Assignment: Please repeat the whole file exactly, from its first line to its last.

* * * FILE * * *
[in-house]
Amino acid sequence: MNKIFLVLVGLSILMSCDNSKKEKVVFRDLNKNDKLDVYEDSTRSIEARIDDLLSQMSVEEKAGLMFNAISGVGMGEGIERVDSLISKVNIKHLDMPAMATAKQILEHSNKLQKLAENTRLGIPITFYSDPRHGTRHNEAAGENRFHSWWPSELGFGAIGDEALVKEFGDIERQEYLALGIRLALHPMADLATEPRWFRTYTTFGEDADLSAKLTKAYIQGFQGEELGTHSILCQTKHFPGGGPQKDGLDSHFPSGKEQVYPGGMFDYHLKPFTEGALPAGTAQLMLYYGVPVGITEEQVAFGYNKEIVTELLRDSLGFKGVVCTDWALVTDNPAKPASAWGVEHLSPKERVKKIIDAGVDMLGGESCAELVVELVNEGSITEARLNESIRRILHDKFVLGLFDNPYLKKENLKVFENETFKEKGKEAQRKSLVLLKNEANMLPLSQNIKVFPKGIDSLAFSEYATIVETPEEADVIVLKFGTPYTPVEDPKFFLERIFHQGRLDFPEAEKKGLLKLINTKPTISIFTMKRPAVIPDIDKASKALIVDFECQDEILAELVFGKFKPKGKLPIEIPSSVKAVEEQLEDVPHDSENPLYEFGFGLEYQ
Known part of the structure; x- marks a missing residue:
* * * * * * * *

[in-house]
Amino acid sequence: MNKIFLVLVGLSILMSCDNSKKEKVVFRDLNKNDKLDVYEDSTRSIEARIDDLLSQMSVEEKAGLMFNAISGVGMGEGIERVDSLISKVNIKHLDMPAMATAKQILEHSNKLQKLAENTRLGIPITFYSDPRHGTRHNEAAGENRFHSWWPSELGFGAIGDEALVKEFGDIERQEYLALGIRLALHPMADLATEPRWFRTYTTFGEDADLSAKLTKAYIQGFQGEELGTHSILCQTKHFPGGGPQKDGLDSHFPSGKEQVYPGGMFDYHLKPFTEGALPAGTAQLMLYYGVPVGITEEQVAFGYNKEIVTELLRDSLGFKGVVCTDWALVTDNPAKPASAWGVEHLSPKERVKKIIDAGVDMLGGESCAELVVELVNEGSITEARLNESIRRILHDKFVLGLFDNPYLKKENLKVFENETFKEKGKEAQRKSLVLLKNEANMLPLSQNIKVFPKGIDSLAFSEYATIVETPEEADVIVLKFGTPYTPVEDPKFFLERIFHQGRLDFPEAEKKGLLKLINTKPTISIFTMKRPAVIPDIDKASKALIVDFECQDEILAELVFGKFKPKGKLPIEIPSSVKAVEEQLEDVPHDSENPLYEFGFGLEYQ
Known part of the structure; x- marks a missing residue: